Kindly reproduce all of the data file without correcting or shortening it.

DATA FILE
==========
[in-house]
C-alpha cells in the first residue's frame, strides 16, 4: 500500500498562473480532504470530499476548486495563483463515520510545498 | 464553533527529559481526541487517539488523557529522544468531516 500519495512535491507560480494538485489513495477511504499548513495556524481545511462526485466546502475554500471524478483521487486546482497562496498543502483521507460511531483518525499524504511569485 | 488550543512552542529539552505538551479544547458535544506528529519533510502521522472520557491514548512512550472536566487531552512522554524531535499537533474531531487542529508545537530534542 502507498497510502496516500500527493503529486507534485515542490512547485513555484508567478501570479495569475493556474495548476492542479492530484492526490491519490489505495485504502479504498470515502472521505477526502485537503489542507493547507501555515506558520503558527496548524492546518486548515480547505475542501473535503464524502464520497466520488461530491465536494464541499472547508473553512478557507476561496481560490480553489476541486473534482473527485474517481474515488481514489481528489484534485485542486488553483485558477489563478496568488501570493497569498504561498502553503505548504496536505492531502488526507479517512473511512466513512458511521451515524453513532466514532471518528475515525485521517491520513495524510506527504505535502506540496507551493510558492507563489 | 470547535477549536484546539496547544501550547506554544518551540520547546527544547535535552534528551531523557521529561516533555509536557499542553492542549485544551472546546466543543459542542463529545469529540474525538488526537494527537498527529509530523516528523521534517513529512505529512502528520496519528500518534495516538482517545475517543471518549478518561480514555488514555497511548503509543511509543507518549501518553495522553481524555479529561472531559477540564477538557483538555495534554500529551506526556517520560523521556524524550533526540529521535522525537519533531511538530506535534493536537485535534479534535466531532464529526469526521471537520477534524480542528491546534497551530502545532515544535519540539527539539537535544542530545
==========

[in-house]
C-alpha cells in the first residue's frame, strides 16, 4: 500500500498562473480532504470530499476548486495563483463515520510545498 | 464553533527529559481526541487517539488523557529522544468531516 500519495512535491507560480494538485489513495477511504499548513495556524481545511462526485466546502475554500471524478483521487486546482497562496498543502483521507460511531483518525499524504511569485 | 488550543512552542529539552505538551479544547458535544506528529519533510502521522472520557491514548512512550472536566487531552512522554524531535499537533474531531487542529508545537530534542 502507498497510502496516500500527493503529486507534485515542490512547485513555484508567478501570479495569475493556474495548476492542479492530484492526490491519490489505495485504502479504498470515502472521505477526502485537503489542507493547507501555515506558520503558527496548524492546518486548515480547505475542501473535503464524502464520497466520488461530491465536494464541499472547508473553512478557507476561496481560490480553489476541486473534482473527485474517481474515488481514489481528489484534485485542486488553483485558477489563478496568488501570493497569498504561498502553503505548504496536505492531502488526507479517512473511512466513512458511521451515524453513532466514532471518528475515525485521517491520513495524510506527504505535502506540496507551493510558492507563489 | 470547535477549536484546539496547544501550547506554544518551540520547546527544547535535552534528551531523557521529561516533555509536557499542553492542549485544551472546546466543543459542542463529545469529540474525538488526537494527537498527529509530523516528523521534517513529512505529512502528520496519528500518534495516538482517545475517543471518549478518561480514555488514555497511548503509543511509543507518549501518553495522553481524555479529561472531559477540564477538557483538555495534554500529551506526556517520560523521556524524550533526540529521535522525537519533531511538530506535534493536537485535534479534535466531532464529526469526521471537520477534524480542528491546534497551530502545532515544535519540539527539539537535544542530545